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Ivan Seeking said:
Also, now I know why he went into the angel light business
I saw a program where he was testing some of his inventions, (they didn't quite succeed) which is why I'd love to see him demonstrate this new device.
 
  • #19
Moonbear
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Evo said:
I saw a program where he was testing some of his inventions, (they didn't quite succeed) which is why I'd love to see him demonstrate this new device.
They can't show him demonstrating it because it fries all the cameras when he turns it on! :rofl: I wonder what this guy's insurance rates are like?
 
  • #20
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Evo said:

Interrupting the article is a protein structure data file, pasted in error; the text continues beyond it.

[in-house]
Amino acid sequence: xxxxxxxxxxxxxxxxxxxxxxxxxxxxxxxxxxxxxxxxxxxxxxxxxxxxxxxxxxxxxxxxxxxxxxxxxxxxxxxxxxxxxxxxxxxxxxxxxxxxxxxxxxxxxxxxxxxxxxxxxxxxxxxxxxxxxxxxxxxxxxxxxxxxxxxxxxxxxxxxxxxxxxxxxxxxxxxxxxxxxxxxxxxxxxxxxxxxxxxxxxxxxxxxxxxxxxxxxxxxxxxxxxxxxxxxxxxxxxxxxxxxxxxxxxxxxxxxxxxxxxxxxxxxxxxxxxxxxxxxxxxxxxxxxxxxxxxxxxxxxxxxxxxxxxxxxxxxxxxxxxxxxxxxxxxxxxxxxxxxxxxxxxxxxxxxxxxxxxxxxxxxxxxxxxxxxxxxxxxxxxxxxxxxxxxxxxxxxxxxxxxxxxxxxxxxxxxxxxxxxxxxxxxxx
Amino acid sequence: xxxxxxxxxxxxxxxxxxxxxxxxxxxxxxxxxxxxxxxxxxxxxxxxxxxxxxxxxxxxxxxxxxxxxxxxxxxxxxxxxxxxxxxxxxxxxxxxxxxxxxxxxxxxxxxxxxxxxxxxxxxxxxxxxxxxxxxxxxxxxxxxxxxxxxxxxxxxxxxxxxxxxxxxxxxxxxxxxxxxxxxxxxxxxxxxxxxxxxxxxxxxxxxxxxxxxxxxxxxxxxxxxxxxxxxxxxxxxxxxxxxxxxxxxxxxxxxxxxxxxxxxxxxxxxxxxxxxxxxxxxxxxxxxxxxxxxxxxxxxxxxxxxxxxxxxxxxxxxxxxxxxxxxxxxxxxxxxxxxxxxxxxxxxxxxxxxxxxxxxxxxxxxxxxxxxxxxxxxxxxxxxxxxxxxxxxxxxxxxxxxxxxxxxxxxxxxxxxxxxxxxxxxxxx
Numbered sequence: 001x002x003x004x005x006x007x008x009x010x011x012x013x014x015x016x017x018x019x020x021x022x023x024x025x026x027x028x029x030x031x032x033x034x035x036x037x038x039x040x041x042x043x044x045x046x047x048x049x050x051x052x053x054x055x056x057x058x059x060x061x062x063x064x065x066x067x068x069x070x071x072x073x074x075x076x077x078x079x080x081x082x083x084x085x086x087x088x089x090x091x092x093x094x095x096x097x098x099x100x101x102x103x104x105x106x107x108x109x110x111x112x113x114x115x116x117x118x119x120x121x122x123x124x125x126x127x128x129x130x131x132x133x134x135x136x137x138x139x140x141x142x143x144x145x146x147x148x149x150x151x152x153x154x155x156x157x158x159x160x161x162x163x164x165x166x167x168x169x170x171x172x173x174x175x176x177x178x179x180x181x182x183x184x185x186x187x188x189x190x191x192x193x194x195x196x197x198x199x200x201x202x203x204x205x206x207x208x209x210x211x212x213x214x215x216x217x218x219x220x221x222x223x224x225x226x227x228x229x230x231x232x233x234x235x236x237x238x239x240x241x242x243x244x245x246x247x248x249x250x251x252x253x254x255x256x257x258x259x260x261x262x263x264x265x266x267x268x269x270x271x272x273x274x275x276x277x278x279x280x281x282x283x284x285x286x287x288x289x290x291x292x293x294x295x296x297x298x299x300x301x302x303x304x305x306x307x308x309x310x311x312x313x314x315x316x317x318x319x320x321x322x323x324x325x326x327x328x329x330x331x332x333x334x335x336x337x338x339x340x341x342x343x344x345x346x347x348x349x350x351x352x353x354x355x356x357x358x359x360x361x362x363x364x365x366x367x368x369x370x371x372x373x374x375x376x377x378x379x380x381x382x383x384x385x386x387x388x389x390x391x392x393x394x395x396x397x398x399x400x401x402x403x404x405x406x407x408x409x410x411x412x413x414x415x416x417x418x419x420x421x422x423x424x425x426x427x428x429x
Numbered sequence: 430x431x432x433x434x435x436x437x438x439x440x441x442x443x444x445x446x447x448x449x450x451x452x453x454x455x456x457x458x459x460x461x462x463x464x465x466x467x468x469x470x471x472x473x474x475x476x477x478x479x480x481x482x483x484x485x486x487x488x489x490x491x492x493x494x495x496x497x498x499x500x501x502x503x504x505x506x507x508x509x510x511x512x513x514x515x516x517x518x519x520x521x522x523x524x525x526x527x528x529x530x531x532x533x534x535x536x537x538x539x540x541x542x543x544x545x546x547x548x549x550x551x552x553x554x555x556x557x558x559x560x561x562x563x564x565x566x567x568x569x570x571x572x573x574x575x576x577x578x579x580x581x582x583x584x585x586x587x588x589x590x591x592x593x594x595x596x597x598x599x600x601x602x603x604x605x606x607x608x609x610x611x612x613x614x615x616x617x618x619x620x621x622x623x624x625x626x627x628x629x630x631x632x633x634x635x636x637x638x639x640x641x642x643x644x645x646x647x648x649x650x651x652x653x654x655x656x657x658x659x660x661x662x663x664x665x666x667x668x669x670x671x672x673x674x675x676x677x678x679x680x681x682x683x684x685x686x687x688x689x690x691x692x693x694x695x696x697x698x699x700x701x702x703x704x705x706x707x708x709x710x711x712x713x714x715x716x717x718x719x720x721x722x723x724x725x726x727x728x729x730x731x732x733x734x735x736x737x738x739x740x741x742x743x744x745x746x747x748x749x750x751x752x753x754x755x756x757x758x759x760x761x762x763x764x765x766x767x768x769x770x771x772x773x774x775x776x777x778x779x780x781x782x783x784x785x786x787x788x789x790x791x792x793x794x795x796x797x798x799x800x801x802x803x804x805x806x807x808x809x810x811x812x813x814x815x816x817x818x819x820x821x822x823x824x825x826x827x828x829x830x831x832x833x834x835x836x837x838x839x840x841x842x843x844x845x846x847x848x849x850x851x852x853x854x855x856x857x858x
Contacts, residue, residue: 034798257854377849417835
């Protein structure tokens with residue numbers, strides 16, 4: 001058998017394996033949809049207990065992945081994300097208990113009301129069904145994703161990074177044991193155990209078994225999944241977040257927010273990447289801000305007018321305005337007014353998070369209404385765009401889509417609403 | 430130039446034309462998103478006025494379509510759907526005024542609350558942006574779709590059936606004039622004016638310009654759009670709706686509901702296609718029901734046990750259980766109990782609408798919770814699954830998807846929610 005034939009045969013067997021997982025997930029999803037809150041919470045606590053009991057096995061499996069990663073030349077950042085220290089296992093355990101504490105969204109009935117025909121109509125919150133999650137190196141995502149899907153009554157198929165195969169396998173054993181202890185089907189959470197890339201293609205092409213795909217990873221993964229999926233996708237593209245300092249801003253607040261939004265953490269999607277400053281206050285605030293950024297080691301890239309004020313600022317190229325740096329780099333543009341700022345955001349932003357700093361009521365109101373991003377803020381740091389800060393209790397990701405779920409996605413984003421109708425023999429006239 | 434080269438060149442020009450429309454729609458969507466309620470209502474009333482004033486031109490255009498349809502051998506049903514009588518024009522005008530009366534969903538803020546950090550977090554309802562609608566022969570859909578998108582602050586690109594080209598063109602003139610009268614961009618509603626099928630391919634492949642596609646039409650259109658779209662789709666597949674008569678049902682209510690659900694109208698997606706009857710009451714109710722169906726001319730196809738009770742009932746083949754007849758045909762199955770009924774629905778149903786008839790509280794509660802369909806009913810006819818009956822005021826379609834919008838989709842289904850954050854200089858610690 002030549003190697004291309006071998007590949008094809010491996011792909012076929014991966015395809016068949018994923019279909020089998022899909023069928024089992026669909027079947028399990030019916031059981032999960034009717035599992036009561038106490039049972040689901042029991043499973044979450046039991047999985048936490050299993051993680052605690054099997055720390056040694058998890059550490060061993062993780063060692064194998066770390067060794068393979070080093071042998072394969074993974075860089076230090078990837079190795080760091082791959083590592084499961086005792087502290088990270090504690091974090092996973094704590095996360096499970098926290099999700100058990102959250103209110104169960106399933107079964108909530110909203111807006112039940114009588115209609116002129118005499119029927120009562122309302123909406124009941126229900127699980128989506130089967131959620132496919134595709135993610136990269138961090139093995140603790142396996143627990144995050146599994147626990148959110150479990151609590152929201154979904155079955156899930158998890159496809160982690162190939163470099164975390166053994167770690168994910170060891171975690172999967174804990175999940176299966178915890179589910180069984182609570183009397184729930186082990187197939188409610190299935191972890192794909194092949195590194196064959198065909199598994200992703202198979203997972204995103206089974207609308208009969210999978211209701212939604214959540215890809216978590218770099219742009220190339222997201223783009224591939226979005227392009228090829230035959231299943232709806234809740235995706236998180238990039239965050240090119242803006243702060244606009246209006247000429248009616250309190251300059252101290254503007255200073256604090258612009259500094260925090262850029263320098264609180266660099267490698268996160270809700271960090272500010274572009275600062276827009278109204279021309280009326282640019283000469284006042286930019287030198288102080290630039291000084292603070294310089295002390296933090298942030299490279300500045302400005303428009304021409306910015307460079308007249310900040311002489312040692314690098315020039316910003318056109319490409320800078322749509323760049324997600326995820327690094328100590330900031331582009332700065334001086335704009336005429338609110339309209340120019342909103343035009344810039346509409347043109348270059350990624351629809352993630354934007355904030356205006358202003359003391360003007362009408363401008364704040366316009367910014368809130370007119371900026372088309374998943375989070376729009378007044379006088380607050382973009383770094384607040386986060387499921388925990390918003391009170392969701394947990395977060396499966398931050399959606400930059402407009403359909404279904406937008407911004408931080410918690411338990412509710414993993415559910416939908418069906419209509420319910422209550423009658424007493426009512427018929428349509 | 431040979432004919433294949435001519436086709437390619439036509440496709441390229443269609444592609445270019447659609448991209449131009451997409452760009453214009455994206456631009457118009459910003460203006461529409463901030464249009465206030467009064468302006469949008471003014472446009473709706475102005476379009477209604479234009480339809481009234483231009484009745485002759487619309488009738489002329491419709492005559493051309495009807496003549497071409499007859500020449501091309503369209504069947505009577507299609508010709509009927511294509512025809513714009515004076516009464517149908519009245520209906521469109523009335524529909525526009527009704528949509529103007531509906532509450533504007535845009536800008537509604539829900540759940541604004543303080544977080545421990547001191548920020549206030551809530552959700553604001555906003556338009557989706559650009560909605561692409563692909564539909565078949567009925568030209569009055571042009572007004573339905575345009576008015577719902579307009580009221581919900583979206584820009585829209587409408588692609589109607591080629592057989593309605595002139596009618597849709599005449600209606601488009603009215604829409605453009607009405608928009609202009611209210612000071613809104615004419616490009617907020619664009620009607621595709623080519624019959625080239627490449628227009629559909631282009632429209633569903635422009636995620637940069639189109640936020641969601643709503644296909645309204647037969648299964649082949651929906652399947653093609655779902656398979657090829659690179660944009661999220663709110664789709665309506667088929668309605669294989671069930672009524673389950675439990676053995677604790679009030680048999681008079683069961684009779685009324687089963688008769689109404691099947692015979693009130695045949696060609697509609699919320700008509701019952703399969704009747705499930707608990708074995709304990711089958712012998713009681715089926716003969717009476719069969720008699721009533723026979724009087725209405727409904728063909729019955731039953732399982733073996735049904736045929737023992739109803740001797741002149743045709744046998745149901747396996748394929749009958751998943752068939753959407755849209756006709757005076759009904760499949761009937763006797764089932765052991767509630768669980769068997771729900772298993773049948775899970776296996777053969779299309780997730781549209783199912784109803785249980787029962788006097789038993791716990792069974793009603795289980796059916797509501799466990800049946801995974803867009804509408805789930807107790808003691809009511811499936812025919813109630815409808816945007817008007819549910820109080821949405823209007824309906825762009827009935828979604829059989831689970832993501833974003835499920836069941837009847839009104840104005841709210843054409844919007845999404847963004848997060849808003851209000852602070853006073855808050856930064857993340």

I saw a program where he was testing some of his inventions, (they didn't quite succeed) which is why I'd love to see him demonstrate this new device.
I saw all of his inventions succeed... (Except the some early prototypes of the bear suit)
 
  • #21
Ivan Seeking
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Do you have a link to a demo of a successful prototype of the bear suit?
 
  • #22
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Ivan Seeking said:
Do you have a link to a demo of a successful prototype of the bear suit?
Nope. Actually I thought he did survive an encounter with a bear but that was before the suit. He spent a week in bear country waiting for a grizzly attack but didn't run into any. Here are some video clips of the tests though.